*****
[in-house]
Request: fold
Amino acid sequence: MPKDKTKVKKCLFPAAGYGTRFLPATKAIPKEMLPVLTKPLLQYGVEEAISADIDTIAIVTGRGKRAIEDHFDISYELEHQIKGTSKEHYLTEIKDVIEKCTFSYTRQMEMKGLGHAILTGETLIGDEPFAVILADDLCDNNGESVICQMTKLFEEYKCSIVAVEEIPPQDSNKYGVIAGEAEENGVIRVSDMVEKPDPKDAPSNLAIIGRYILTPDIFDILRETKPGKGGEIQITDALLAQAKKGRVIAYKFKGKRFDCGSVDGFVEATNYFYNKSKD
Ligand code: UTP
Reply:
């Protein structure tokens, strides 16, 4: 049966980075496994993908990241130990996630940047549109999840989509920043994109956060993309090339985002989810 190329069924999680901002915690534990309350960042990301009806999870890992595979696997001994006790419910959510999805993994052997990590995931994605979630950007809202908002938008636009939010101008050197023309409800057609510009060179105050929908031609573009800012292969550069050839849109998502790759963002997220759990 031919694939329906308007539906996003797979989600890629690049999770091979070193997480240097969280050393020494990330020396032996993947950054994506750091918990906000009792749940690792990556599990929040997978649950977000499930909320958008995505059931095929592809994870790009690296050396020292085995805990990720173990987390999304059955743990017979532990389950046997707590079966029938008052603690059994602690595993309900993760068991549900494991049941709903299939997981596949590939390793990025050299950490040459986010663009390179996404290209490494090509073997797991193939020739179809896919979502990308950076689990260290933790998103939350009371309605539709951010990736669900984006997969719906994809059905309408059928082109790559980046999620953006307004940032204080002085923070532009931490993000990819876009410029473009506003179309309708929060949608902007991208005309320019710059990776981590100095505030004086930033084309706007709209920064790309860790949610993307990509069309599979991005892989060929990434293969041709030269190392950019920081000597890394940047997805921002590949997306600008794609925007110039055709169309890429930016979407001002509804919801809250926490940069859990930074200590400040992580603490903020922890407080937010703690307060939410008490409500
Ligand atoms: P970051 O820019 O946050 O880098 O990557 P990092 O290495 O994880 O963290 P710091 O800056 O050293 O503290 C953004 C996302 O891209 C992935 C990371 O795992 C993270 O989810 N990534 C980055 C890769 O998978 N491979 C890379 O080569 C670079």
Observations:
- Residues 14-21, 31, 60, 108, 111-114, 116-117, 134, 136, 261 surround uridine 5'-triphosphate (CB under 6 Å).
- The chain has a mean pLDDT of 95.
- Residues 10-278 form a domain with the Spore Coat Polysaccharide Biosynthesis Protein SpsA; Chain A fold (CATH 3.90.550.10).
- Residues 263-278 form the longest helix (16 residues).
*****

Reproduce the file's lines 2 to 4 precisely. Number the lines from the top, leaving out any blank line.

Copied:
Request: fold
Amino acid sequence: MPKDKTKVKKCLFPAAGYGTRFLPATKAIPKEMLPVLTKPLLQYGVEEAISADIDTIAIVTGRGKRAIEDHFDISYELEHQIKGTSKEHYLTEIKDVIEKCTFSYTRQMEMKGLGHAILTGETLIGDEPFAVILADDLCDNNGESVICQMTKLFEEYKCSIVAVEEIPPQDSNKYGVIAGEAEENGVIRVSDMVEKPDPKDAPSNLAIIGRYILTPDIFDILRETKPGKGGEIQITDALLAQAKKGRVIAYKFKGKRFDCGSVDGFVEATNYFYNKSKD
Ligand code: UTP